Sudanese Portraits is a project of yours that also focuses on migrants and identity. Despite being a multicultural country, there is an underlying racial tension in Australian culture that you refer to in the text. Is this something you are trying to address in your work?

A lot of my work explores themes of migrant life in Australia – particularly in a suburban context, as this is where I live. Also, being second-generation migrant has gained me some insight into what it means to be from two different cultural and racial backgrounds (and all the baggage that goes with it!). I’m still intrigued as to how our cultures shape who we are, even when placed outside of that cultural and social context.

Australia is, in a sense, the perfect place to explore these interests, as the majority of Australians have a migrant background of some sort. Adaptation is also of interest to me – not only of the migrant community but also that of the host community. How a country receives its new citizens says much about our ethos in life and the way in which we identify ourselves as both individuals and a society. There have been a lot of negative and positive policies regarding our migrants and, whilst I’m not that interested in making bold political statements, I am interested in documenting the everyday lives of those who may be affected by such contentious politics.

Tell us about Timemachine Magazine. Why did you decide to launch the magazine online as opposed to the traditional print medium?

Timemachine came about after I met photographer and writer Tom Williams, whose work I’ve admired for a long time. We realised that we both had the same ideas about doing a magazine that focused on Australian photography in an international context, so we thought why not start it online to begin with and see how we roll from there? Tom has since moved on to focus on his own projects and Sarah Rhodes recently came on board as a co-editor.

One of the down-sides of self-publishing (even online) is the amount of time it takes. It’s not a paid gig (though we did attract a short-term sponsorship from Fujifilm Australia which was great) and the reality is that the project is very much a labour of love put together over Skype, email and phone calls from our respective lounge rooms.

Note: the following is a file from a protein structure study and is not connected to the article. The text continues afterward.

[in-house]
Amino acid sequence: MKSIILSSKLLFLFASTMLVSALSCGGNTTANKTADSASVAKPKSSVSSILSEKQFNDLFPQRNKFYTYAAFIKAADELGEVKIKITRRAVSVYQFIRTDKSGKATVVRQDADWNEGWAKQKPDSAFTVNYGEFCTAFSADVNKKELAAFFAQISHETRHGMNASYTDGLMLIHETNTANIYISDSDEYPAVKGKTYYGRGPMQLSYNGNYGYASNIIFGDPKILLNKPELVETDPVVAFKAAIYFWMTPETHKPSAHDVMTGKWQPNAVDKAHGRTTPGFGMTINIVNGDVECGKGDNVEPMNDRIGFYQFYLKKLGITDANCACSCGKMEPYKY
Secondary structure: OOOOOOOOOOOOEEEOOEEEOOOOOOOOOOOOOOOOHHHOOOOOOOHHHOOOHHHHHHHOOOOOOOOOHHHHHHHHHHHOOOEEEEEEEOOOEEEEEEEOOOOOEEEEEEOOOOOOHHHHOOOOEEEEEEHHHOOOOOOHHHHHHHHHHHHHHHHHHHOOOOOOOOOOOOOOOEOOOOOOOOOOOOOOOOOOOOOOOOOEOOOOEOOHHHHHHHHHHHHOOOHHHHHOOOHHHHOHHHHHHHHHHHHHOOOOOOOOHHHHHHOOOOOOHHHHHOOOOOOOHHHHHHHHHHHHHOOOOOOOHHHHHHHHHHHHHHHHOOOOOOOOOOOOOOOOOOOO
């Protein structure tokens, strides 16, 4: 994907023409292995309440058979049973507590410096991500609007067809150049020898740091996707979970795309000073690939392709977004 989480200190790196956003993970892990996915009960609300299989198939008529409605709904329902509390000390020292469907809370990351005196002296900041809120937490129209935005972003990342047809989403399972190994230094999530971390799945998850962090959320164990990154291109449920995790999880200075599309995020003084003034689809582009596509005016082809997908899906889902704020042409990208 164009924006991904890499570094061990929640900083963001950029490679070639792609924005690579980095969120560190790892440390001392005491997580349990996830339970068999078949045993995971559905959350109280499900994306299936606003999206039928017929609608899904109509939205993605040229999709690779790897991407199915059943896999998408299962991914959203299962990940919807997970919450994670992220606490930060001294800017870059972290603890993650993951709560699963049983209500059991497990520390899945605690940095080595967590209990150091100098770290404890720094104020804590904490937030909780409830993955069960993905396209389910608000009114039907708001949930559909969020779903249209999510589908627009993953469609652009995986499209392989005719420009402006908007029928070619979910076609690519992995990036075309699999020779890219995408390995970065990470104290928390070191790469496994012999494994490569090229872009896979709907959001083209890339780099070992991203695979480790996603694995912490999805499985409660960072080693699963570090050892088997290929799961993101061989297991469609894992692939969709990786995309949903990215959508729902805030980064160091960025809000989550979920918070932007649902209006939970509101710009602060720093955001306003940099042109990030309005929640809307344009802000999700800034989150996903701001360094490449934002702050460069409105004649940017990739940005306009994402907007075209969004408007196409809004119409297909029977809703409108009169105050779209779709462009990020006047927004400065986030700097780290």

Sadly, Timemachine will be on hiatus after the issue launched in May. The theme for this ‘last’ issue is Flux – an ironically apt title! Sarah and I are both at points in our lives and careers where we want a break from Timemachine in order to focus on our personal projects. We will definitely continue to collaborate under the banner of Timemachine but for the immediate future we are allowing ourselves some time out.

Having said this, we are still keen to publish a print version at some point in the future. We’ll see. The future is full of possibilities really… I don’t see this as the demise of Timemachine – rather just a well-earned break.

"Being true to oneself (as trite as it sounds) is very important. Otherwise, what’s the point?"

What inspires and motivates you?

I do have a soft spot for unconventional beauty that can be found in in the everyday. Sometimes this has been interpreted as a love of the tacky, but for me it’s less about that than the authenticity of the scene. It’s like human nature revealed in all its naked glory with nowhere to run and hide. This sort of vulnerability is breathtaking to me plus the fact that I’m a terrible nostalgic for woeful aesthetics! Sometimes I feel like I’m graciously being allowed to witness the manifestation of our human endeavours, like an alien discovering a new species and way of life… it’s truly fascinating. And people! They are just so fascinating! There is no end to how interesting people can be. I sometimes worry that I might not be able to capture it all but I try my best. I’m definitely driven by how weird and surreal life can be, even though it all seems so normal and obvious.

Honesty and integrity also motivates and inspires me – both in photographers themselves and the work that they make. I think this can be very evident in their photographs. I try to apply this in my own efforts as a photographer all the time. Being true to oneself (as trite as it sounds) is very important. Otherwise, what’s the point?

When a photograph really moves you emotionally, you know that there’s something special there and I love that images can still have this power over me – more so if I happen to learn something about myself along the way. Life has a tendency to present very seductive moments; I see good photographs everyday – more often when I don’t have my camera it seems! But when a good photograph is captured, I have a terrible tendency to fall in love with both the image and also the thrill of having captured it. I suppose it’s a bit like a drug addiction… Except I hope I’m never cured.